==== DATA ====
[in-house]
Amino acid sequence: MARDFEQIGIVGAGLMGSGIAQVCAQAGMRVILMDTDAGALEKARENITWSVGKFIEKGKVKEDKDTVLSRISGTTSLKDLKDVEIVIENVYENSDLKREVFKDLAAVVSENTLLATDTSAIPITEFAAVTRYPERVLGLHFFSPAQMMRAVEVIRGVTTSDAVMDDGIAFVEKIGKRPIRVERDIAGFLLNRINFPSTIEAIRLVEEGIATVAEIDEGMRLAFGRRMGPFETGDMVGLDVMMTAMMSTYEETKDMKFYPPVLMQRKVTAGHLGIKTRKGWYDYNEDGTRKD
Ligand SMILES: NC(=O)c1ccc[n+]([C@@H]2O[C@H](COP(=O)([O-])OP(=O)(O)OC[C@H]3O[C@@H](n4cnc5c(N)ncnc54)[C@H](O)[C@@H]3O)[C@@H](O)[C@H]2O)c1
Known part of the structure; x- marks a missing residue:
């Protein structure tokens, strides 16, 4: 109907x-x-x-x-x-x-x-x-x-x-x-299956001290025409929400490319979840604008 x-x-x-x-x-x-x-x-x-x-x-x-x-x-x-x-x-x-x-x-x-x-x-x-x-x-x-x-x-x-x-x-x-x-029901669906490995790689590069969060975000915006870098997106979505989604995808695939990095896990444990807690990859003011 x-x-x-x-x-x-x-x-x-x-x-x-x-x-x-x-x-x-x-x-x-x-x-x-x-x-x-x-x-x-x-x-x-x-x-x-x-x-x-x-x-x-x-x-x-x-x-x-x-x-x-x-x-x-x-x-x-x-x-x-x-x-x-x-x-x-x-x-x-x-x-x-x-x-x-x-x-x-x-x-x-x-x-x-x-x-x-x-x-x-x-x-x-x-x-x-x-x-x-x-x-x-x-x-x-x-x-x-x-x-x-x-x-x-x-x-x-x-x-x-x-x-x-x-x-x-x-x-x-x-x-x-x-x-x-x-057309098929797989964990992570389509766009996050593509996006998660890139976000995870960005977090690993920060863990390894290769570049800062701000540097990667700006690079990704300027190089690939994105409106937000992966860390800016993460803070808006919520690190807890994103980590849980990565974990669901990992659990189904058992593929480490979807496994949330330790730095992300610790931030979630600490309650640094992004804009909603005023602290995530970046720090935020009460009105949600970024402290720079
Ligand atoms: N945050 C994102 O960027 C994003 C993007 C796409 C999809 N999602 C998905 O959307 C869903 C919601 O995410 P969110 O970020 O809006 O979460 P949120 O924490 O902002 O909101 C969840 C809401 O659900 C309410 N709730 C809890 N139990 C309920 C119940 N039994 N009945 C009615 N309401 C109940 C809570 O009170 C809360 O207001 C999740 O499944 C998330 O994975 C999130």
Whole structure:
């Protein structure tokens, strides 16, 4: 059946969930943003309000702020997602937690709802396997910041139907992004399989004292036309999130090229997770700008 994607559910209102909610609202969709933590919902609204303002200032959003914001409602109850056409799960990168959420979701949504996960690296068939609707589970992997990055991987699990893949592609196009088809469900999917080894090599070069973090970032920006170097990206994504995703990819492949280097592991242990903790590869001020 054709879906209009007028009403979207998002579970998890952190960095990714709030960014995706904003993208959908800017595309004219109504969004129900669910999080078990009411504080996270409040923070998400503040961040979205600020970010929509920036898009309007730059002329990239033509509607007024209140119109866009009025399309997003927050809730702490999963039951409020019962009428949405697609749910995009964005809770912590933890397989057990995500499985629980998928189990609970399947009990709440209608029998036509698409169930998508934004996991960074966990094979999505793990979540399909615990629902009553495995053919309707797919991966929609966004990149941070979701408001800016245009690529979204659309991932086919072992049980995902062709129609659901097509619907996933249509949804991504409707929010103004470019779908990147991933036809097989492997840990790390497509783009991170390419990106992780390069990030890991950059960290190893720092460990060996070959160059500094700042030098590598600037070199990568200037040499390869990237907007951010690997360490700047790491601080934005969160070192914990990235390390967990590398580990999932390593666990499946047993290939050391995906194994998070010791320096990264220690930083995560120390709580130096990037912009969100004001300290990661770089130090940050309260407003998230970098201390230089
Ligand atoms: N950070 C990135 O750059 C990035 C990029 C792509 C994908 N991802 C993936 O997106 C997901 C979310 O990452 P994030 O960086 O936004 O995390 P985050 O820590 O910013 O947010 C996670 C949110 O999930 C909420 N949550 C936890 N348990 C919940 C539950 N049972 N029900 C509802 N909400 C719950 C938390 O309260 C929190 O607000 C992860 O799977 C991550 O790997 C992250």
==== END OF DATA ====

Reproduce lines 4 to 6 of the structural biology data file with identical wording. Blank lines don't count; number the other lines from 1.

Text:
Known part of the structure; x- marks a missing residue:
């Protein structure tokens, strides 16, 4: 109907x-x-x-x-x-x-x-x-x-x-x-299956001290025409929400490319979840604008 x-x-x-x-x-x-x-x-x-x-x-x-x-x-x-x-x-x-x-x-x-x-x-x-x-x-x-x-x-x-x-x-x-x-029901669906490995790689590069969060975000915006870098997106979505989604995808695939990095896990444990807690990859003011 x-x-x-x-x-x-x-x-x-x-x-x-x-x-x-x-x-x-x-x-x-x-x-x-x-x-x-x-x-x-x-x-x-x-x-x-x-x-x-x-x-x-x-x-x-x-x-x-x-x-x-x-x-x-x-x-x-x-x-x-x-x-x-x-x-x-x-x-x-x-x-x-x-x-x-x-x-x-x-x-x-x-x-x-x-x-x-x-x-x-x-x-x-x-x-x-x-x-x-x-x-x-x-x-x-x-x-x-x-x-x-x-x-x-x-x-x-x-x-x-x-x-x-x-x-x-x-x-x-x-x-x-x-x-x-x-057309098929797989964990992570389509766009996050593509996006998660890139976000995870960005977090690993920060863990390894290769570049800062701000540097990667700006690079990704300027190089690939994105409106937000992966860390800016993460803070808006919520690190807890994103980590849980990565974990669901990992659990189904058992593929480490979807496994949330330790730095992300610790931030979630600490309650640094992004804009909603005023602290995530970046720090935020009460009105949600970024402290720079
Ligand atoms: N945050 C994102 O960027 C994003 C993007 C796409 C999809 N999602 C998905 O959307 C869903 C919601 O995410 P969110 O970020 O809006 O979460 P949120 O924490 O902002 O909101 C969840 C809401 O659900 C309410 N709730 C809890 N139990 C309920 C119940 N039994 N009945 C009615 N309401 C109940 C809570 O009170 C809360 O207001 C999740 O499944 C998330 O994975 C999130």